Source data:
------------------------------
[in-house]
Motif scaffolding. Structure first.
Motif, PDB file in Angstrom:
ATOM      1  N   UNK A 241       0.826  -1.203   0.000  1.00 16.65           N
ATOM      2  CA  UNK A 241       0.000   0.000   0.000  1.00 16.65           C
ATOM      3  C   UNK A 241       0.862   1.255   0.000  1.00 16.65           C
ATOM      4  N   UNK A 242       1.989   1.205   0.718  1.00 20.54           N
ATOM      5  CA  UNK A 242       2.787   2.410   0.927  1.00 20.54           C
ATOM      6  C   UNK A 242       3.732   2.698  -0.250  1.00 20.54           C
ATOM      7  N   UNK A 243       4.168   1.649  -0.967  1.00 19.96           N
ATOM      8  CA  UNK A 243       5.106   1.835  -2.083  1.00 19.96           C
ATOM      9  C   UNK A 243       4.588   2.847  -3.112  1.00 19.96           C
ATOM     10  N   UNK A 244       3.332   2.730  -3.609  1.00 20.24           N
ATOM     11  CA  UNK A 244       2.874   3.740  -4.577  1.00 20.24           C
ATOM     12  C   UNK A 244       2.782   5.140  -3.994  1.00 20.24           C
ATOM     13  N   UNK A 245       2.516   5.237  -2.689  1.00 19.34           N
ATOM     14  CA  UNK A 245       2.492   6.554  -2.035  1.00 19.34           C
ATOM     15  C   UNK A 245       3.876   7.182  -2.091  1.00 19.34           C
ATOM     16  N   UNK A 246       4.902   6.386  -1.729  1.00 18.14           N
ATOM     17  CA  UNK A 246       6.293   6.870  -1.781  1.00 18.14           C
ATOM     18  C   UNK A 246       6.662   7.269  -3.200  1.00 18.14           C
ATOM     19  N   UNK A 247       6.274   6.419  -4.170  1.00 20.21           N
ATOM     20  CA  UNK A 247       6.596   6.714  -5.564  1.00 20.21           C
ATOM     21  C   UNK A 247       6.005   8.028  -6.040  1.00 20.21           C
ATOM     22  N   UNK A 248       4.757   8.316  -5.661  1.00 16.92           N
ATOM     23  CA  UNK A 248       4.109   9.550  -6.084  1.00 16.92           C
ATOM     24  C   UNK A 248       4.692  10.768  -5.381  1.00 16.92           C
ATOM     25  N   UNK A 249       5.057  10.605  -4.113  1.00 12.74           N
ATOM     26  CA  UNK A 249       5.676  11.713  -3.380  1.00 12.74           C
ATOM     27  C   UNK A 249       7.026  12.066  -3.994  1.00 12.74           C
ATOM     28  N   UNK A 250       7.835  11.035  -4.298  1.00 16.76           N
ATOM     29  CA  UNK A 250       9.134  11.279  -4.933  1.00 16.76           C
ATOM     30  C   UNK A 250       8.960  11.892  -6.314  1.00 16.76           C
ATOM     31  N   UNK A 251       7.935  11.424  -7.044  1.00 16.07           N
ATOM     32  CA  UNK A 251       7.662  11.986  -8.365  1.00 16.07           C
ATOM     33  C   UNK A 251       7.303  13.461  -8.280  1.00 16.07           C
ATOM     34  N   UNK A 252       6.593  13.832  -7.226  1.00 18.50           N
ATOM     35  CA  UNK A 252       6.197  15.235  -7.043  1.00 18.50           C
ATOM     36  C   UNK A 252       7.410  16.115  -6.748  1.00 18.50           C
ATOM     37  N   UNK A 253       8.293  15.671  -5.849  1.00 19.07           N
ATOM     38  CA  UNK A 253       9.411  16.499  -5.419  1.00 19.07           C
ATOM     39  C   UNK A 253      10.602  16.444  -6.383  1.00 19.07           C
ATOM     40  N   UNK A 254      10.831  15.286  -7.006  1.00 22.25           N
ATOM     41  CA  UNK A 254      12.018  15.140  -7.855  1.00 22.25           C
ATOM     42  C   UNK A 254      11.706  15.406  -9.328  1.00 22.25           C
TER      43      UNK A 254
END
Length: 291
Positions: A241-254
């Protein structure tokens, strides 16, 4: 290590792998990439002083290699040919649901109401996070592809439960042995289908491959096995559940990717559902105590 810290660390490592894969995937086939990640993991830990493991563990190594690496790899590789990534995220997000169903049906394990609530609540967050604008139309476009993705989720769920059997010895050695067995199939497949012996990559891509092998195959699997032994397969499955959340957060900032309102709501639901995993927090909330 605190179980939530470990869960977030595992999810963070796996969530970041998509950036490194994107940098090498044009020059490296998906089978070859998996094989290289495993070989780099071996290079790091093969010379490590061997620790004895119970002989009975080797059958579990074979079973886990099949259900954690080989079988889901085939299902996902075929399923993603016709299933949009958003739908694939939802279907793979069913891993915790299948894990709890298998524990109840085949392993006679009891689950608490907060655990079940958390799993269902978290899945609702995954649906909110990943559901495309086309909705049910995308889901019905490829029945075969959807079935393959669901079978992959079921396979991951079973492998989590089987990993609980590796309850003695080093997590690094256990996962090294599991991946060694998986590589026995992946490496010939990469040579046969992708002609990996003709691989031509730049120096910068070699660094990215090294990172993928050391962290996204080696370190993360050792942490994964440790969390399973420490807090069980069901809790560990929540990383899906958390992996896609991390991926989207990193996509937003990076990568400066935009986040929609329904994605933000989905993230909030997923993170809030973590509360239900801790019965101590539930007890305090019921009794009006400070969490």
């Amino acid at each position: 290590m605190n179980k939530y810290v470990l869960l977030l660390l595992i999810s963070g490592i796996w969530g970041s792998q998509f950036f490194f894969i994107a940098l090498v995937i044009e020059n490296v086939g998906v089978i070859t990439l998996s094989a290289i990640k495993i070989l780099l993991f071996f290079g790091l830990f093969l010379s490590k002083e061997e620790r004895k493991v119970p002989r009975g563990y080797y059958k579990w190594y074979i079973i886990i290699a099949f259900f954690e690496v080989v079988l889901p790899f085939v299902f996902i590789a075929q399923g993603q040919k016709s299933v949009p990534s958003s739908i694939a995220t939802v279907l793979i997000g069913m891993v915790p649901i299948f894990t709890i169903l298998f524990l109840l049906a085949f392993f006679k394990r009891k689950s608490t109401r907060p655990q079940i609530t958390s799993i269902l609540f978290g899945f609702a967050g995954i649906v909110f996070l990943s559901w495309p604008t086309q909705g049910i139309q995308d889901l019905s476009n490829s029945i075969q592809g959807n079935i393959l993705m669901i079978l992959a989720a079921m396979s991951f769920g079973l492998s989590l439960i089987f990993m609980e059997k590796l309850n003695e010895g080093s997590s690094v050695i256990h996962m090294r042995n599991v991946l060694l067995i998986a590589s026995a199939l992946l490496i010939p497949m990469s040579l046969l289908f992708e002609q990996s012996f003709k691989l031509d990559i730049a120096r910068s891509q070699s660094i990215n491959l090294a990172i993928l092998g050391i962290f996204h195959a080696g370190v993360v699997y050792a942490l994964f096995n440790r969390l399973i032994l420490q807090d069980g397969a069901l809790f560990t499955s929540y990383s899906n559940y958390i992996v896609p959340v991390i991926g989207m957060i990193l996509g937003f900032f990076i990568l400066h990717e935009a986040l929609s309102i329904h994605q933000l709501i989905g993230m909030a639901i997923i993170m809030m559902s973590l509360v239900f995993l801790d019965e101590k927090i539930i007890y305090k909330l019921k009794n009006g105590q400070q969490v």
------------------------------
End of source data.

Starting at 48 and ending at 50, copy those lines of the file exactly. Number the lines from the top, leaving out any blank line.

Length: 291
Positions: A241-254
């Protein structure tokens, strides 16, 4: 290590792998990439002083290699040919649901109401996070592809439960042995289908491959096995559940990717559902105590 810290660390490592894969995937086939990640993991830990493991563990190594690496790899590789990534995220997000169903049906394990609530609540967050604008139309476009993705989720769920059997010895050695067995199939497949012996990559891509092998195959699997032994397969499955959340957060900032309102709501639901995993927090909330 605190179980939530470990869960977030595992999810963070796996969530970041998509950036490194994107940098090498044009020059490296998906089978070859998996094989290289495993070989780099071996290079790091093969010379490590061997620790004895119970002989009975080797059958579990074979079973886990099949259900954690080989079988889901085939299902996902075929399923993603016709299933949009958003739908694939939802279907793979069913891993915790299948894990709890298998524990109840085949392993006679009891689950608490907060655990079940958390799993269902978290899945609702995954649906909110990943559901495309086309909705049910995308889901019905490829029945075969959807079935393959669901079978992959079921396979991951079973492998989590089987990993609980590796309850003695080093997590690094256990996962090294599991991946060694998986590589026995992946490496010939990469040579046969992708002609990996003709691989031509730049120096910068070699660094990215090294990172993928050391962290996204080696370190993360050792942490994964440790969390399973420490807090069980069901809790560990929540990383899906958390992996896609991390991926989207990193996509937003990076990568400066935009986040929609329904994605933000989905993230909030997923993170809030973590509360239900801790019965101590539930007890305090019921009794009006400070969490």